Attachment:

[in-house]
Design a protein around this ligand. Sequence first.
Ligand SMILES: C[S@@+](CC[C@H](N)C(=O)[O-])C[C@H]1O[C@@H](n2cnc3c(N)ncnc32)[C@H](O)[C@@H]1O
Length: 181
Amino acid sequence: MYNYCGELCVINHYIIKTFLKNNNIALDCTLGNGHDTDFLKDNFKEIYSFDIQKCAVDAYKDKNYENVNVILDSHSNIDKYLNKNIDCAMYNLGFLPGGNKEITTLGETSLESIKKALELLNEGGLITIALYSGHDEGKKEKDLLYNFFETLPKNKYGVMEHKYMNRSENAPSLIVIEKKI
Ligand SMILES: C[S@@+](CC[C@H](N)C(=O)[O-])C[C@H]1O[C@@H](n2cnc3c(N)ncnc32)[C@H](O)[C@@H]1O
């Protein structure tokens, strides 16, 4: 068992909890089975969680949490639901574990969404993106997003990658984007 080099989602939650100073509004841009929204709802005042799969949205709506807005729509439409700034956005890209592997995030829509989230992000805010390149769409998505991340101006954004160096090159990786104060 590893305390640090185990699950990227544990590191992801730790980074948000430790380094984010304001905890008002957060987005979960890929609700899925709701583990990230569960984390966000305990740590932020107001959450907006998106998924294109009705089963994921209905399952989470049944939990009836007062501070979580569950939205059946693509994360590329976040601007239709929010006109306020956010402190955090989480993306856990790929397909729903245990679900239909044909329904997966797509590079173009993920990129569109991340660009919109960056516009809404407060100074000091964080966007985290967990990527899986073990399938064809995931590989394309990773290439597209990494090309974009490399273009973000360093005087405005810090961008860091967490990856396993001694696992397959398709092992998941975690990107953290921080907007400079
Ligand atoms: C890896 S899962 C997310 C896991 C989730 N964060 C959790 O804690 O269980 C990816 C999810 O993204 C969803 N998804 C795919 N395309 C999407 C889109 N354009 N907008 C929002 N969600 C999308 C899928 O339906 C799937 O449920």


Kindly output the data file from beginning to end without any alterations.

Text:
[in-house]
Design a protein around this ligand. Sequence first.
Ligand SMILES: C[S@@+](CC[C@H](N)C(=O)[O-])C[C@H]1O[C@@H](n2cnc3c(N)ncnc32)[C@H](O)[C@@H]1O
Length: 181
Amino acid sequence: MYNYCGELCVINHYIIKTFLKNNNIALDCTLGNGHDTDFLKDNFKEIYSFDIQKCAVDAYKDKNYENVNVILDSHSNIDKYLNKNIDCAMYNLGFLPGGNKEITTLGETSLESIKKALELLNEGGLITIALYSGHDEGKKEKDLLYNFFETLPKNKYGVMEHKYMNRSENAPSLIVIEKKI
Ligand SMILES: C[S@@+](CC[C@H](N)C(=O)[O-])C[C@H]1O[C@@H](n2cnc3c(N)ncnc32)[C@H](O)[C@@H]1O
């Protein structure tokens, strides 16, 4: 068992909890089975969680949490639901574990969404993106997003990658984007 080099989602939650100073509004841009929204709802005042799969949205709506807005729509439409700034956005890209592997995030829509989230992000805010390149769409998505991340101006954004160096090159990786104060 590893305390640090185990699950990227544990590191992801730790980074948000430790380094984010304001905890008002957060987005979960890929609700899925709701583990990230569960984390966000305990740590932020107001959450907006998106998924294109009705089963994921209905399952989470049944939990009836007062501070979580569950939205059946693509994360590329976040601007239709929010006109306020956010402190955090989480993306856990790929397909729903245990679900239909044909329904997966797509590079173009993920990129569109991340660009919109960056516009809404407060100074000091964080966007985290967990990527899986073990399938064809995931590989394309990773290439597209990494090309974009490399273009973000360093005087405005810090961008860091967490990856396993001694696992397959398709092992998941975690990107953290921080907007400079
Ligand atoms: C890896 S899962 C997310 C896991 C989730 N964060 C959790 O804690 O269980 C990816 C999810 O993204 C969803 N998804 C795919 N395309 C999407 C889109 N354009 N907008 C929002 N969600 C999308 C899928 O339906 C799937 O449920």